A new technology is being utilized in the Ultrasound Division here at Cincinnati Children’s: shear wave elastography. Pathological conditions can alter the elastic qualities of the tissues involved. Elastography is a non-invasive form of tissue characterization used to determine tissue stiffness. This information can aid in the diagnosis, treatment and surveillance of many disorders.
There are two main types of elastography: strain elastography and shear wave elastography. Strain elastography uses mechanical compression; the technologist manually pushes the ultrasound probe against the patient’s body part being investigated. This method results in a qualitative comparison of tissue stiffness.
Figure 1. The technologist pushes the probe against the patient.
Image 1. The colors in the image illustrates the degree of softness or stiffness.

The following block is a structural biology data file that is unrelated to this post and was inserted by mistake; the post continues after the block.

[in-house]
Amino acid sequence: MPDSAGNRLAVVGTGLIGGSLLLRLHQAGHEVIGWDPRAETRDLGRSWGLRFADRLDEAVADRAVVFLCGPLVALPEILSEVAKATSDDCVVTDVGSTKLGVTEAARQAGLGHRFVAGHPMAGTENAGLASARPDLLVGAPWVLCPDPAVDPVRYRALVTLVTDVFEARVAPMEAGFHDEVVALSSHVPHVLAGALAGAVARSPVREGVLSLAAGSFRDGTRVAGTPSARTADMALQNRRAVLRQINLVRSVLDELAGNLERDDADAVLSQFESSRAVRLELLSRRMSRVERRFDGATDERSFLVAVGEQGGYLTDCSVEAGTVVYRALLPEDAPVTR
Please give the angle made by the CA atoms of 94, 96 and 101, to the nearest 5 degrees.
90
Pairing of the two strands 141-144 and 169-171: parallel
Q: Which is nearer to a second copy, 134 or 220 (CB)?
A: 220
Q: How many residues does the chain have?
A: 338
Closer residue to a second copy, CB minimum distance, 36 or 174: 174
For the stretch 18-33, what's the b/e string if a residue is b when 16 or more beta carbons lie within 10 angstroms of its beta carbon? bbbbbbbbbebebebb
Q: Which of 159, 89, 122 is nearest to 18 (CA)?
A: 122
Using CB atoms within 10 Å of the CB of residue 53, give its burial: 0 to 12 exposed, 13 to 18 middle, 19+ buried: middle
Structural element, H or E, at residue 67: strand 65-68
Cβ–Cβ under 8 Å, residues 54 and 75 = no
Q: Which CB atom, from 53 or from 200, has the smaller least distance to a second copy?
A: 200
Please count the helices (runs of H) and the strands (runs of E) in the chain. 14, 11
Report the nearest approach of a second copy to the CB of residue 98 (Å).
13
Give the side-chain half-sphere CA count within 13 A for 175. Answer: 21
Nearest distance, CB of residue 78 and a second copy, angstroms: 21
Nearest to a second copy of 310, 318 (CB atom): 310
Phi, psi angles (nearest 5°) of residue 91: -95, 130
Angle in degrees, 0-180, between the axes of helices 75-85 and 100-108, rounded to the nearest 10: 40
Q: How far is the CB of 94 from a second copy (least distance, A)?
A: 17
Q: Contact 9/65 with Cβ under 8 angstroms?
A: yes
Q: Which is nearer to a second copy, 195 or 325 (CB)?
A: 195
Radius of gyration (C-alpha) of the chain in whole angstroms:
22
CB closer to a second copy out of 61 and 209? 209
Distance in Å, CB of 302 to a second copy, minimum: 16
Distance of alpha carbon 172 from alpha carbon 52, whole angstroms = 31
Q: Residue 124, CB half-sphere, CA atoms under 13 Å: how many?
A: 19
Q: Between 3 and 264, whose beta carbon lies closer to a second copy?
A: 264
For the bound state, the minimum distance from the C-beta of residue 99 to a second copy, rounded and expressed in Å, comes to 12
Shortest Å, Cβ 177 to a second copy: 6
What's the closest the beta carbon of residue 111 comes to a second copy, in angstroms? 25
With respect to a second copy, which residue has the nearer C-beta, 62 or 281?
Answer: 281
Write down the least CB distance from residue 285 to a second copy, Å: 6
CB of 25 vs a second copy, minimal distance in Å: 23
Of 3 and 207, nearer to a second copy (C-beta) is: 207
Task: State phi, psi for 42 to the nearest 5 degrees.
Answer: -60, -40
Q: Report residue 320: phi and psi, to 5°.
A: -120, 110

Shear wave elastography, however, uses a push-pulse or force that is sent out from the probe. This method provides a quantitative analysis of tissue stiffness, producing measurements relating to the stiffness of specific lesions or diffuse disease. This method is quick and painless for the patient, and can be completed within minutes.
Figure 2. The probe emits a painless push-pulse into the patient.
Image 2. The colored lines illustrate the pulse propagating through the tissue. The circle represents the region of interest from which the quantitative data is collected.
While elastography was first used in breast imaging, its uses now include the liver, thyroid, prostate, and musculoskeletal system. New applications will continue to be investigated with this exciting new technology here at Cincinnati Children’s.
Contributed by Janet Adams and edited by Paula Bennett.
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